- Give cross-border effect to foreign resolution powers and removing impediments to cross-border cooperation (for example, national depositor preference)
- Adequately resource independent resolution authorities to develop recovery and resolution planning with powers to remove impediments to resolvability, including requiring changes to group structures and business operations
- Ensuring that sufficient (quality and quantity if) loss-absorbing capacity, or LAC, is issued from the appropriate group entities to make resolution plans feasible, including across borders, requiring close coordination between home and host jurisdictions on “internal LAC” committed to material subsidiaries in other jurisdictions.
Related Link: Policy Paper
Keywords: International, Banking, Systemic Risk, Research, Resolution Framework, TLAC, Crisis Management Framework, IMF
Previous ArticleIFSB to Include IFSB-17 in the FSB Compendium of Standards
The Australian Prudential Regulation Authority (APRA) released an update on the timelines for revisions to the market risk prudential standards and the implications for the broader capital framework.
Three global standard-setters launched a joint consultation that reviews the margining practices during the COVID-19 pandemic and identifies potential areas for further policy work.
The Bank of England (BoE) published the Statistical Notice 2021/09 requiring additional information from firms and software vendors to assist in the onboarding and testing phases for migrating statistical reporting to the BEEDS portal.
The European Banking Authority (EBA) published the final draft regulatory technical standards on gross jump-to-default amounts and on residual risk add-on under the Capital Requirements Regulation or CRR.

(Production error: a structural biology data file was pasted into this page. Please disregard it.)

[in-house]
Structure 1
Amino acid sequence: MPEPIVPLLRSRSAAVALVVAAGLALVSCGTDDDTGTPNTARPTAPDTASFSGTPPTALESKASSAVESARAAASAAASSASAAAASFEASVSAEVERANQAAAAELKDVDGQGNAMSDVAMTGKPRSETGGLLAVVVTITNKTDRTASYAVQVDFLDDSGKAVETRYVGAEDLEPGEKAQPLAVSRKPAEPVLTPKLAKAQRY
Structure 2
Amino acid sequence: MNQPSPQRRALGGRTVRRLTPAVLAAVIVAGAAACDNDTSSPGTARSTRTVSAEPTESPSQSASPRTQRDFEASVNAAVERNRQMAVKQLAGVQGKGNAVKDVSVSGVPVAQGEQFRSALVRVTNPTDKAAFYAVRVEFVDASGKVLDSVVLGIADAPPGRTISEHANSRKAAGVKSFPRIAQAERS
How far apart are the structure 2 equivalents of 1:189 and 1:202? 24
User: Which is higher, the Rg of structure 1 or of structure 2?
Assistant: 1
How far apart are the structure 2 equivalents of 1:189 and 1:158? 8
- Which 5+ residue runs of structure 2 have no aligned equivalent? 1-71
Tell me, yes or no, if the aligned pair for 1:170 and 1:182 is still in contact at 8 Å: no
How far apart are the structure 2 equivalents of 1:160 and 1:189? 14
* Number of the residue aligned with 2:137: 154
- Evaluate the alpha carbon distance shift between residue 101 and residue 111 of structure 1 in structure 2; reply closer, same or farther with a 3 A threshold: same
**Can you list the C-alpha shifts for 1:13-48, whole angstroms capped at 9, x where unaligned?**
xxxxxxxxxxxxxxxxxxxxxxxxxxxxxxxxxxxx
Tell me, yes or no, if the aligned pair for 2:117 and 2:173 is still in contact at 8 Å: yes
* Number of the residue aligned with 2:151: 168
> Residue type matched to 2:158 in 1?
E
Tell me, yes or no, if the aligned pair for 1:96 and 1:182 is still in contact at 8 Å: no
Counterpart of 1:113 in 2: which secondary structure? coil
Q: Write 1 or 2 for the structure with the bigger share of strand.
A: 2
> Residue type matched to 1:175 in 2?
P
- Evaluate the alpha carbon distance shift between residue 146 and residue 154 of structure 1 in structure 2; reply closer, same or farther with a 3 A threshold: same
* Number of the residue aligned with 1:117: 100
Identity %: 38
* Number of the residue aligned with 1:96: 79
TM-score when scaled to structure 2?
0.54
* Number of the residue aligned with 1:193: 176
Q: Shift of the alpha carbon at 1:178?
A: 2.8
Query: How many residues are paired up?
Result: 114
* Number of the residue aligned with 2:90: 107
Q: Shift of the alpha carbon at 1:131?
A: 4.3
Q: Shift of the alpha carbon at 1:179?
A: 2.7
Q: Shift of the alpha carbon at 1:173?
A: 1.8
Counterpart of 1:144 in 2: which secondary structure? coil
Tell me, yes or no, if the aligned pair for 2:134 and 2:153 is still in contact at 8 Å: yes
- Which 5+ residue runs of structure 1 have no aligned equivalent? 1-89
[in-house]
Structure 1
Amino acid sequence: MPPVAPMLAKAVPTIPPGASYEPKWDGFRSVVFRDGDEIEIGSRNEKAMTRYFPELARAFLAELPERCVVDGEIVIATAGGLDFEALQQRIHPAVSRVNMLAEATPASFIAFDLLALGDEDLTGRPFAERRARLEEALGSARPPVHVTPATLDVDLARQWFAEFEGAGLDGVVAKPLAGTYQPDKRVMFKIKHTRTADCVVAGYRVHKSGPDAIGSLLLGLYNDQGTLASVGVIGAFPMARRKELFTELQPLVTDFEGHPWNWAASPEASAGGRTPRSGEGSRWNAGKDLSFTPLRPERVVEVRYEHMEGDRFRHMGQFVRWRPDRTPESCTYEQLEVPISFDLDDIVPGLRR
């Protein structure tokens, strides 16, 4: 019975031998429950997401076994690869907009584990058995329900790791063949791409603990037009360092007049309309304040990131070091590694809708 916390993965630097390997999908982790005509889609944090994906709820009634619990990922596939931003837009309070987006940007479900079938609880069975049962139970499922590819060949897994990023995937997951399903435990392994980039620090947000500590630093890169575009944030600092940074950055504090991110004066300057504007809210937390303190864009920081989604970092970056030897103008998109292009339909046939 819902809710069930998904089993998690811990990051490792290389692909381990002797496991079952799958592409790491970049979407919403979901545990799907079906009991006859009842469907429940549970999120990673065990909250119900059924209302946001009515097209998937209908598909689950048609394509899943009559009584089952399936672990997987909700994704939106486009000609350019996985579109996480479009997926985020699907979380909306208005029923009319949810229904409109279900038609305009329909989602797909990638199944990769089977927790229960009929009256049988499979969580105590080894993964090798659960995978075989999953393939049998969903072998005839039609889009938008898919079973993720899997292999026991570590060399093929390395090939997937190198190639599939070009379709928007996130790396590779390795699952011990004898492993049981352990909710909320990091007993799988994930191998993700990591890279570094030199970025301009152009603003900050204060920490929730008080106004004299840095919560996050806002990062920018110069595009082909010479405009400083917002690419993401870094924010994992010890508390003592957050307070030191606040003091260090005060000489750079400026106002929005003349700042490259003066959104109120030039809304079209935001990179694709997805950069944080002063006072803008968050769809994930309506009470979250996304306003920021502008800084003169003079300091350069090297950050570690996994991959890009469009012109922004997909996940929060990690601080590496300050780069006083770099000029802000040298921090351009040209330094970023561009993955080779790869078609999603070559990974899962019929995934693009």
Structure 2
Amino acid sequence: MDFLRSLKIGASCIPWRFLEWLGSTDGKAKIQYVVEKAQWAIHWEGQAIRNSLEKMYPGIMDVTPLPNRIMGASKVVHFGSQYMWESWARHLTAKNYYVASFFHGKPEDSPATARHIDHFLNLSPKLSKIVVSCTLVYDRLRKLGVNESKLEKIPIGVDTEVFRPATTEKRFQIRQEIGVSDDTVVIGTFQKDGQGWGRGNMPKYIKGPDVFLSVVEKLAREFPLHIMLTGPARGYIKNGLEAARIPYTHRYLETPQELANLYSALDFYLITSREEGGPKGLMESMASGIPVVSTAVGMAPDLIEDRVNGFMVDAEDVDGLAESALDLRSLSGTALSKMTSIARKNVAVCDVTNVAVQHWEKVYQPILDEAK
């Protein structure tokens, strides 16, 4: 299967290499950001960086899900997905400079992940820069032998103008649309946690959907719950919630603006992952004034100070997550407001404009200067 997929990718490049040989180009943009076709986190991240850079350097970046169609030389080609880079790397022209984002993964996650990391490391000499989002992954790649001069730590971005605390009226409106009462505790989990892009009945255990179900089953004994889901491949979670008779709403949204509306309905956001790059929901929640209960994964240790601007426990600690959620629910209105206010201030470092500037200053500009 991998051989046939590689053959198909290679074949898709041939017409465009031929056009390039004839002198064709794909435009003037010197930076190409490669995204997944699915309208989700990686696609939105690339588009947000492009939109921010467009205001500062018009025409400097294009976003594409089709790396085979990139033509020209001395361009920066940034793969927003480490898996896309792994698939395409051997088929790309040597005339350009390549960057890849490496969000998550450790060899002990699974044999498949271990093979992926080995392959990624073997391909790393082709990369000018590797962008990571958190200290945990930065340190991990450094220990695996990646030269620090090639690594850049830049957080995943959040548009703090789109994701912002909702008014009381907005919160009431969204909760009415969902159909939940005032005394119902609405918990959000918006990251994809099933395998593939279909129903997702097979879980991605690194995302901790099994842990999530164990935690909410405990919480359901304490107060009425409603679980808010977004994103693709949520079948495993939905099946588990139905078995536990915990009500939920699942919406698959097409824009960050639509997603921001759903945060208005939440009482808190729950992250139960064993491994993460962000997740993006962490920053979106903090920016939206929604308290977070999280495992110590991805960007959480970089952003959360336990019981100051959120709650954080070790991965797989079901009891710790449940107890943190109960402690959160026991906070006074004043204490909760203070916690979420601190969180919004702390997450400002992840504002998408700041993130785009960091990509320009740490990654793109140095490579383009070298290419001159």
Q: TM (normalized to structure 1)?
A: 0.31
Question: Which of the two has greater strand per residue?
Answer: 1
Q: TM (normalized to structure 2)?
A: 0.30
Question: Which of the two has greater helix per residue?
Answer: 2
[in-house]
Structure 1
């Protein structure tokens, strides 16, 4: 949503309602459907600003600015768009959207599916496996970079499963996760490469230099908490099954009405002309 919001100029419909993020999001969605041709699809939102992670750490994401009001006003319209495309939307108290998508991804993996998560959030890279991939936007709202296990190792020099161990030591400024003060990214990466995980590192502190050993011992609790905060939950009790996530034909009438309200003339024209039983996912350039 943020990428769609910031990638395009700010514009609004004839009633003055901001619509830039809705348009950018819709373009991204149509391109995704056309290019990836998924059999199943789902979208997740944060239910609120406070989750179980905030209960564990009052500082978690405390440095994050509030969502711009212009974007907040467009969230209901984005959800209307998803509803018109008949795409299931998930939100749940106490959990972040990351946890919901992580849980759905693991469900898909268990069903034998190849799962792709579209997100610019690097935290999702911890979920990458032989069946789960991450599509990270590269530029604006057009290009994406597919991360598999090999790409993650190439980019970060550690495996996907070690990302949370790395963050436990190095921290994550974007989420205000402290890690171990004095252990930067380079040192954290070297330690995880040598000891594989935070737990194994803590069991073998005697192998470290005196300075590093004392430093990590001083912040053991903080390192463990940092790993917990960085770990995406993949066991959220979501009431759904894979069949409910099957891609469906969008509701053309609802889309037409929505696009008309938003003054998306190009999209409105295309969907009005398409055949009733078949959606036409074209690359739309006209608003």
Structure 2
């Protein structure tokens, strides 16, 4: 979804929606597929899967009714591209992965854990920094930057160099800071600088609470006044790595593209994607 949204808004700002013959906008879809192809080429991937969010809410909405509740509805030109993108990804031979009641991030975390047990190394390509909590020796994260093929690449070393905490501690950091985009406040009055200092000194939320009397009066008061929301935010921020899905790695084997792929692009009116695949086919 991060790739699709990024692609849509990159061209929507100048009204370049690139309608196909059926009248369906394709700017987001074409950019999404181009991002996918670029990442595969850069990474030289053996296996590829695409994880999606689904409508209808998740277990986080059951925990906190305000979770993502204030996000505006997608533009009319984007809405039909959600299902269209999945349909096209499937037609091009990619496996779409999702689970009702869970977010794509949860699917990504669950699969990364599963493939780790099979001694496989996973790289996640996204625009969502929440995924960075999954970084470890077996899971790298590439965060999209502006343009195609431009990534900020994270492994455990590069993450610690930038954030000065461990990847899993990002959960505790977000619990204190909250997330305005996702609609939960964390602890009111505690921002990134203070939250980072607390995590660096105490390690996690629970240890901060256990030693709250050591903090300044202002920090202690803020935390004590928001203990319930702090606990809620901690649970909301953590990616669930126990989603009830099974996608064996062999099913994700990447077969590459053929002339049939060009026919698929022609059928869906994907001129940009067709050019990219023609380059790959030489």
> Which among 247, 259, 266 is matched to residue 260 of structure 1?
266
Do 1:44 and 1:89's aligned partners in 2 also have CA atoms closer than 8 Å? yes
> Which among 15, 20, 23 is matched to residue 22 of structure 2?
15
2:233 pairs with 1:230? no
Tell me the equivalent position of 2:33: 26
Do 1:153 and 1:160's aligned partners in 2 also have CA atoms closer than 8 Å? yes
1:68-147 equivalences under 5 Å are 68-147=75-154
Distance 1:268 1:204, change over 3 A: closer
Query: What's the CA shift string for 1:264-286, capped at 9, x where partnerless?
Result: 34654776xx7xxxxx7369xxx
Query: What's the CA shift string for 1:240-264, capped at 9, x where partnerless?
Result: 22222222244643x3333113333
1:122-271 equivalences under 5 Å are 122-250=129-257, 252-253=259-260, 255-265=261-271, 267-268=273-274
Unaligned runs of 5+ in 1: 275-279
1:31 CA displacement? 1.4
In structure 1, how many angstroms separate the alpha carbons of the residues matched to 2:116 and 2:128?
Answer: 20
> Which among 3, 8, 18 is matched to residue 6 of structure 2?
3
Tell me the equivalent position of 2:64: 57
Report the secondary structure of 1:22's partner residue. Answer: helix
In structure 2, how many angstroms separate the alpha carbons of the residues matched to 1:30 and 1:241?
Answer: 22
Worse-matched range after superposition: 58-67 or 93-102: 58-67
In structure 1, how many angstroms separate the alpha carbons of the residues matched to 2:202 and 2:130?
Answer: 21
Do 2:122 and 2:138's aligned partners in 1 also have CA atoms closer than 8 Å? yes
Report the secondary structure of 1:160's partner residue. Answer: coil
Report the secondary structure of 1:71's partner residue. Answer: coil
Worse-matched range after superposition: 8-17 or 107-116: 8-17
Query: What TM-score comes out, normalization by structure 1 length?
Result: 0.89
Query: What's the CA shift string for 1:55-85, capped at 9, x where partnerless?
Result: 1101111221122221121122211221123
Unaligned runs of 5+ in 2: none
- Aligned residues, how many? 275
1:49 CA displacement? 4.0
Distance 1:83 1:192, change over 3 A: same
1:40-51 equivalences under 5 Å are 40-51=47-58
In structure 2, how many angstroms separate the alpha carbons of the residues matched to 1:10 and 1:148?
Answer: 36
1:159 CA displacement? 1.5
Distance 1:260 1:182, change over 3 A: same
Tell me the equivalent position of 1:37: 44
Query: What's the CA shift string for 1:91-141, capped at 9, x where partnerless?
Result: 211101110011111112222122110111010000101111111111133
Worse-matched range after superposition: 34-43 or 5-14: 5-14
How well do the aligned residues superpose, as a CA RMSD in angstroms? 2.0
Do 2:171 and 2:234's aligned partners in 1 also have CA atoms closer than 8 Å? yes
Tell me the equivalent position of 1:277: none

The Financial Conduct Authority (FCA) published the final rules on the Investment Firms Prudential Regime (IFPR) to streamline and simplify the prudential requirements for solo-regulated UK firms authorized under the Markets in Financial Instruments Directive (MiFID).
The European Supervisory Authorities (ESAs) have delivered to the European Commission (EC) the final report on the draft regulatory technical standards for disclosures under the Sustainable Finance Disclosure Regulation (SFDR).
The European Banking Authority (EBA) published an advice to the European Commission (EC) on funding in resolution and insolvency as part of the review of the crisis management and deposit insurance (CMDI) framework.
The Financial Stability Oversight Council (FSOC) released a report in response to the U.S. President's Executive Order on climate-related financial risk.
The Bank for International Settlements (BIS) published a paper that examines the business models and the associated risks posed by big technology firms foraying into financial services sector.
The Bank for International Settlements (BIS) announced the development of an Asian Green Bond Fund, in collaboration with the development financing community, to channel global central bank reserves to green projects in Asia Pacific.